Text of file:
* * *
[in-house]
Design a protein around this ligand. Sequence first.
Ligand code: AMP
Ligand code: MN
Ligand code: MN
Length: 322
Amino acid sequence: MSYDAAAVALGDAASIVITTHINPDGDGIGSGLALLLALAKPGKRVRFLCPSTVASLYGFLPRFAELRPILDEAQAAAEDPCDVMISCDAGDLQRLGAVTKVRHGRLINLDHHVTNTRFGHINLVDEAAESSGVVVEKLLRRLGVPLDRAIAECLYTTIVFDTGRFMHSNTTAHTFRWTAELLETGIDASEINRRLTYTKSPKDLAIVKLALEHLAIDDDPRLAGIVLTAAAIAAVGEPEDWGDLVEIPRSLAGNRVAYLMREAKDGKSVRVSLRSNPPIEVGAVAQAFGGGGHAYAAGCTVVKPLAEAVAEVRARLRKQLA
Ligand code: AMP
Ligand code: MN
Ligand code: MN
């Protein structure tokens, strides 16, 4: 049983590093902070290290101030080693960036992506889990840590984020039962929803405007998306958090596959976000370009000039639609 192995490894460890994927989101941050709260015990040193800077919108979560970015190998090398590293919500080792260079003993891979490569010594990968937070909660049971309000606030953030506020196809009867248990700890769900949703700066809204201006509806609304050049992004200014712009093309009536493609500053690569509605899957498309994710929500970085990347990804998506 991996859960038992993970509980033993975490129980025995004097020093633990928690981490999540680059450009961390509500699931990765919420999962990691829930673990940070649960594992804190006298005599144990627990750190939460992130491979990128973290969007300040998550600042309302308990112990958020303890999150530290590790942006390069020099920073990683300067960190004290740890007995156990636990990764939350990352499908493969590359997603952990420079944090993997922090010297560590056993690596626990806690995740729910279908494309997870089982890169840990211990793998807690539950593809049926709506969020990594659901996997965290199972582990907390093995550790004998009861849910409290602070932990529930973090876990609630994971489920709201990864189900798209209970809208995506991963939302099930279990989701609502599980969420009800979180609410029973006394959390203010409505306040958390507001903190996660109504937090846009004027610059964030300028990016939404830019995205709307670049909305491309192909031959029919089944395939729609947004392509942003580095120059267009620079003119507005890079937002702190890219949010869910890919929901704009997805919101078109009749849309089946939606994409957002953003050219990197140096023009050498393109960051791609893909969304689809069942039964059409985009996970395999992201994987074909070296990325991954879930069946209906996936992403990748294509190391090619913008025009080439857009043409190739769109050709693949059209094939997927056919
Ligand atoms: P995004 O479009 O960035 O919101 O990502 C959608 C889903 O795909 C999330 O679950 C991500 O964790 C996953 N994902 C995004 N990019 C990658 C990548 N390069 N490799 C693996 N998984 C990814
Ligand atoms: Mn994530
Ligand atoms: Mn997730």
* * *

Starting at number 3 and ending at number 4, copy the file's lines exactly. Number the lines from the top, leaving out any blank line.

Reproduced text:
Ligand code: AMP
Ligand code: MN